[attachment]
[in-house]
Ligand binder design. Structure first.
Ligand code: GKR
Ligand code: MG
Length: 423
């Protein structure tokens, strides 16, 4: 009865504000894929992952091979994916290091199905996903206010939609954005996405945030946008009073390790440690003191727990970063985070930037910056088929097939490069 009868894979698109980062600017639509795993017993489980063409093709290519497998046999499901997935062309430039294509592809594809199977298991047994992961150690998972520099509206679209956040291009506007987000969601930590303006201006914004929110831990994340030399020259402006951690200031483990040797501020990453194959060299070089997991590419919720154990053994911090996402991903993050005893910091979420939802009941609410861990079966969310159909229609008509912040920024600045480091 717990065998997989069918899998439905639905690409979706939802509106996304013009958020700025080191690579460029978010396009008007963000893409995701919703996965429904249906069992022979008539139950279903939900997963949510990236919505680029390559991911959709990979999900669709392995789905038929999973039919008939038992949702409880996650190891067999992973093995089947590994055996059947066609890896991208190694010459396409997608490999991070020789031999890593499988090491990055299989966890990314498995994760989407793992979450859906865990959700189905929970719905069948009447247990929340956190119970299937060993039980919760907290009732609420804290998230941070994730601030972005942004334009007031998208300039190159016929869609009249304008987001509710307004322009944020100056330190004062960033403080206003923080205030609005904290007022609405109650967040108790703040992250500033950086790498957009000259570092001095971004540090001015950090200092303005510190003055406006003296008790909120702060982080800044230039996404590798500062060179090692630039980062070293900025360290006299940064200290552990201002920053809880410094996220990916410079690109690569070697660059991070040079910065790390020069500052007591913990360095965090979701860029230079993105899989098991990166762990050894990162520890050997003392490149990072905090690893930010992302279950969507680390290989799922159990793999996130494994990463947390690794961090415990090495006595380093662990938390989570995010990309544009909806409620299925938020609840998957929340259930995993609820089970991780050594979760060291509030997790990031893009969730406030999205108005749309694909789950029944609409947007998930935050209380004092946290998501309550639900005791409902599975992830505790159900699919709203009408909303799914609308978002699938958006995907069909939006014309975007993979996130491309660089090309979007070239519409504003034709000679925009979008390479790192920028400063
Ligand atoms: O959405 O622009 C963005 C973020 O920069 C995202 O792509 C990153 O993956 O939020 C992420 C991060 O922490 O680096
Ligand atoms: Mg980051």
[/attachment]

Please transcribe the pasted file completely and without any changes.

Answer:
[in-house]
Ligand binder design. Structure first.
Ligand code: GKR
Ligand code: MG
Length: 423
């Protein structure tokens, strides 16, 4: 009865504000894929992952091979994916290091199905996903206010939609954005996405945030946008009073390790440690003191727990970063985070930037910056088929097939490069 009868894979698109980062600017639509795993017993489980063409093709290519497998046999499901997935062309430039294509592809594809199977298991047994992961150690998972520099509206679209956040291009506007987000969601930590303006201006914004929110831990994340030399020259402006951690200031483990040797501020990453194959060299070089997991590419919720154990053994911090996402991903993050005893910091979420939802009941609410861990079966969310159909229609008509912040920024600045480091 717990065998997989069918899998439905639905690409979706939802509106996304013009958020700025080191690579460029978010396009008007963000893409995701919703996965429904249906069992022979008539139950279903939900997963949510990236919505680029390559991911959709990979999900669709392995789905038929999973039919008939038992949702409880996650190891067999992973093995089947590994055996059947066609890896991208190694010459396409997608490999991070020789031999890593499988090491990055299989966890990314498995994760989407793992979450859906865990959700189905929970719905069948009447247990929340956190119970299937060993039980919760907290009732609420804290998230941070994730601030972005942004334009007031998208300039190159016929869609009249304008987001509710307004322009944020100056330190004062960033403080206003923080205030609005904290007022609405109650967040108790703040992250500033950086790498957009000259570092001095971004540090001015950090200092303005510190003055406006003296008790909120702060982080800044230039996404590798500062060179090692630039980062070293900025360290006299940064200290552990201002920053809880410094996220990916410079690109690569070697660059991070040079910065790390020069500052007591913990360095965090979701860029230079993105899989098991990166762990050894990162520890050997003392490149990072905090690893930010992302279950969507680390290989799922159990793999996130494994990463947390690794961090415990090495006595380093662990938390989570995010990309544009909806409620299925938020609840998957929340259930995993609820089970991780050594979760060291509030997790990031893009969730406030999205108005749309694909789950029944609409947007998930935050209380004092946290998501309550639900005791409902599975992830505790159900699919709203009408909303799914609308978002699938958006995907069909939006014309975007993979996130491309660089090309979007070239519409504003034709000679925009979008390479790192920028400063
Ligand atoms: O959405 O622009 C963005 C973020 O920069 C995202 O792509 C990153 O993956 O939020 C992420 C991060 O922490 O680096
Ligand atoms: Mg980051």